Sharon Frymer, vice president of the Klamath Chamber of Commerce and owner of Woodland Villa restaurant and store, called the integrity of Last Chance “deplorable” and said that if the road failed entirely “Klamath would cease to exist.”

If 101 at Last Chance Grade were to fail, it would take 5½ hours to drive about 200 miles between the two areas — and that’s just during dry months.

In the winter, when the short-cut, seasonal Grayback Road from O’Brien, Ore., to Happy Camp is closed for snow, it would be an eight-hour drive of 300 circuitous miles to get from Crescent City to Klamath, whether that be for work, school, medical services, police response — anything.

At least 100 students in Klamath attend schools in the county north of the slide on Last Chance Grade.  

How unstable is it?

The ground at Last Chance grade moved horizontally four to 13 inches from July 2012 to February 2013 and dropped vertically three to ten inches. Even during the dry season (from February 2013 to September 2013) the ground moved horizontally two to four inches and dropped vertically one to three inches, according to Caltrans.

Hodgson said the culprit is deep-seated landslides, shallow flows and many other geological forces at work.

Bob Busch, a certified engineering geologist who has worked in the area for more than 30 years and owns Busch Geotechnical Consultants, has conducted two substantial studies on Last Chance Grade, one in 2012 and one in the late 1980s.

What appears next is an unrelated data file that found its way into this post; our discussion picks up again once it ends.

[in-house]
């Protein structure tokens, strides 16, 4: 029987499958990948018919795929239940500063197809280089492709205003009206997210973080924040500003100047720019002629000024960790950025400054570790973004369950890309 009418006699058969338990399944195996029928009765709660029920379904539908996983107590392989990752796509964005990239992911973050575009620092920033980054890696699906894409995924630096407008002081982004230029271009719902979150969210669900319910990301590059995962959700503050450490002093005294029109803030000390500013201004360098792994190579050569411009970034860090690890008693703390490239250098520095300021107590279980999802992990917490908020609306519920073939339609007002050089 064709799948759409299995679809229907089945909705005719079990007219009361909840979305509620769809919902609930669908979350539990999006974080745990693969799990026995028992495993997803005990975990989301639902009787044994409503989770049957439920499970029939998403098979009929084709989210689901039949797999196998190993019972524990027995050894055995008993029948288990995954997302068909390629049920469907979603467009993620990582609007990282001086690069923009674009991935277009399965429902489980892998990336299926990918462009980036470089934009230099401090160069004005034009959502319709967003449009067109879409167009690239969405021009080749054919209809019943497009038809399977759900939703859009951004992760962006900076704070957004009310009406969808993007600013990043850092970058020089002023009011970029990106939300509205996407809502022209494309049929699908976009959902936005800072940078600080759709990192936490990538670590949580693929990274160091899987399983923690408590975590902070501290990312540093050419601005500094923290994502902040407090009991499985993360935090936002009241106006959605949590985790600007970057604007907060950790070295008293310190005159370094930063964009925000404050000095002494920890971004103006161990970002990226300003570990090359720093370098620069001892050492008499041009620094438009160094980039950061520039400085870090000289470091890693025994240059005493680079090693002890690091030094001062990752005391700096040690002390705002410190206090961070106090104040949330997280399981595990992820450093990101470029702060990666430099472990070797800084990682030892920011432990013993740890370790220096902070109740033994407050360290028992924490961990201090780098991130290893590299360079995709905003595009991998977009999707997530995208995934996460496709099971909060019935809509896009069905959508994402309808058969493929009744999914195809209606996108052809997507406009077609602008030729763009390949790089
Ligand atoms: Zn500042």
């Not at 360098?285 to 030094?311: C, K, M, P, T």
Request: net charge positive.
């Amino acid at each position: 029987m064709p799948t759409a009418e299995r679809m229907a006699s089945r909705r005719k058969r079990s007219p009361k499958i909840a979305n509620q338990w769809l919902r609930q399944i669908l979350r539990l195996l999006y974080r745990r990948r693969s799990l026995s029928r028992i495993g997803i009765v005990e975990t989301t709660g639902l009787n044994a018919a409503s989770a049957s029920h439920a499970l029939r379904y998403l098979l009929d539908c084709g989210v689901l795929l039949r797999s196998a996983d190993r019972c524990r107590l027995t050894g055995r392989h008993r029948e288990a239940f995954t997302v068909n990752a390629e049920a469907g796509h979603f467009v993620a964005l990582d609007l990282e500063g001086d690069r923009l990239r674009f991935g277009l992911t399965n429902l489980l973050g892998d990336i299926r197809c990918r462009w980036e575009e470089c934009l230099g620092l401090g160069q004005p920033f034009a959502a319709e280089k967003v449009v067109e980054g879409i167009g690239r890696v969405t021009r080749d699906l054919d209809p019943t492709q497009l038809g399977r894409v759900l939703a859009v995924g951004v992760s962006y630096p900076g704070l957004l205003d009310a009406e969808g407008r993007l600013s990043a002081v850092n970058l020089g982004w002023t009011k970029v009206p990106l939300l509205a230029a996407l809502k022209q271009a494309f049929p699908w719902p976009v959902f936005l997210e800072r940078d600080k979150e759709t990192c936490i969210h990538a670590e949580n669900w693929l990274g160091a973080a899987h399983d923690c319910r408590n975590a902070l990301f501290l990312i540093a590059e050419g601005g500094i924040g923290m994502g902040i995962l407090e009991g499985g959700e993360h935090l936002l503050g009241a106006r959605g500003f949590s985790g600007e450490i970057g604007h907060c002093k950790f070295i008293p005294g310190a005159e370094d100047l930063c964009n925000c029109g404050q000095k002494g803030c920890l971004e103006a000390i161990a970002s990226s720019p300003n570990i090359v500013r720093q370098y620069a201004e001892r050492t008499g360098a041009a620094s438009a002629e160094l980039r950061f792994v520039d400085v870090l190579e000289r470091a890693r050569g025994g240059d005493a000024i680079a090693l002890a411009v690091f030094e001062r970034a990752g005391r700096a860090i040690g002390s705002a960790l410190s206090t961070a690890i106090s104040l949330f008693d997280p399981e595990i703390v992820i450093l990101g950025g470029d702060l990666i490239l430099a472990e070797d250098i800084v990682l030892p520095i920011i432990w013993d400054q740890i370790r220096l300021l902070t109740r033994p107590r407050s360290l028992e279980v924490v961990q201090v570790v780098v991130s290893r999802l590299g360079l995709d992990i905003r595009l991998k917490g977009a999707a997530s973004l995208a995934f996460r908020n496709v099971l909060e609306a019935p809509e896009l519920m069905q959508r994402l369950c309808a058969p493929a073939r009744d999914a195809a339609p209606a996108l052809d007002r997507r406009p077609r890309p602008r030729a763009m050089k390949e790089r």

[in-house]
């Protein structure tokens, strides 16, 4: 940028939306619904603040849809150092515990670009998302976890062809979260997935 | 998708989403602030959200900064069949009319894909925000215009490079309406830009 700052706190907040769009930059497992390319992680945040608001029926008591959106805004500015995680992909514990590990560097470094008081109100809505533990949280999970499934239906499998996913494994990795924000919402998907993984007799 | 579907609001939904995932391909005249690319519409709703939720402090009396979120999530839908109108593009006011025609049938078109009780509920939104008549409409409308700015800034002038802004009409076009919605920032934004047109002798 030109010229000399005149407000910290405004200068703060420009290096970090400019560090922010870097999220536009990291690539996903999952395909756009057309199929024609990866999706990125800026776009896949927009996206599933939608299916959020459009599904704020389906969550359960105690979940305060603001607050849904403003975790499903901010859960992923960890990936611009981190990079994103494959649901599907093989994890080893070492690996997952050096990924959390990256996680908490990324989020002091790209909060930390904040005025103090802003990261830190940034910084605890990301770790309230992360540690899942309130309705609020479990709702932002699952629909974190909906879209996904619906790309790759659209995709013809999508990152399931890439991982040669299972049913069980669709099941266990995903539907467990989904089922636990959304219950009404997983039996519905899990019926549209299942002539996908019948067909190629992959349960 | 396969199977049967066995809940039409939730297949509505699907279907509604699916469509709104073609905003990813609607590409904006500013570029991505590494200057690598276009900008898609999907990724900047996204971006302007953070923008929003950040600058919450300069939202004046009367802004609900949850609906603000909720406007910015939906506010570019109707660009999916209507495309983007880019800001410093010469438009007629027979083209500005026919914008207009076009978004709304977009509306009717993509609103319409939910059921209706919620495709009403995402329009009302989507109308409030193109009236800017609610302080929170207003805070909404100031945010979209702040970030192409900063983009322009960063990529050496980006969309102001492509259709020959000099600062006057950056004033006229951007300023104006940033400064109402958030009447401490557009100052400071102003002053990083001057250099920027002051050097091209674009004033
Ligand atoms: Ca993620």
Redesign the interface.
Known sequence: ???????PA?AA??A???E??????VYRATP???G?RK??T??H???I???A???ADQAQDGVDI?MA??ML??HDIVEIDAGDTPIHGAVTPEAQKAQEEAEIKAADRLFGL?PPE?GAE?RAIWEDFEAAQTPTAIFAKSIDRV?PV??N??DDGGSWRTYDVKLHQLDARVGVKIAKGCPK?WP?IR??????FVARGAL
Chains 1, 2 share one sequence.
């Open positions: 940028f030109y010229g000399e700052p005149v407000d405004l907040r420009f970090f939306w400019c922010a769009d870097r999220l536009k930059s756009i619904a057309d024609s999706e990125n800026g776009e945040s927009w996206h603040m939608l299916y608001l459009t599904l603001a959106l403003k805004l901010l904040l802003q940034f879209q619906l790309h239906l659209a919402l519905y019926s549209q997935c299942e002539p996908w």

Busch’s team examined many paired aerial photos of the area dating back to the 1940s and identified a similar pattern:

Once trees on the slopes below the road reached a certain size, the entire hillside holding them up would give way.

“The weight of trees on the soil would be too much and after some great rainstorm the entire area would slide down into the sea,” Busch said.

This type of episodic land sliding is called a debris slide, and Last Chance is on a debris slide slope. The large landslides happen all at once, instantaneously breaking loose and heading toward the ocean, Busch said.

Busch said that the fact that one of Caltrans’ “beautiful” retaining walls failed indicates that a debris slide already tried to happen.

“What it means is that there is an enormous mass of rock that’s trying to slide down and pull off the face, taking the road with it, Busch said, adding that is why Caltrans probably started stabilization work on the downhill side of the road as well.

Once Highway 101 opens up to four-lane traffic, still north of Wilson Creek, there is another geologic force at work: earthflow.

Unlike the catastrophic rapid failures of debris slides, earthflows are more like a very slow-moving, bumpy conveyor belt, always moving towards the ocean, Busch said. This frequently creates cracks in the highway.

But the real question, Busch said, is that with scientists predicting a massive Cascadia subduction zone earthquake in the near future, could whatever Caltrans builds withstand the disaster?

“Pretty much all of us geologists think that there’s not a snowball’s chance in hell that a lot of things won’t go down on the coast,” Busch said. “I predict that during the Cascadia quake, that some section of Last Chance Grade will be one of the likely places to go.”

Reach Adam Spencer at  This e-mail address is being protected from spam bots, you need JavaScript enabled to view it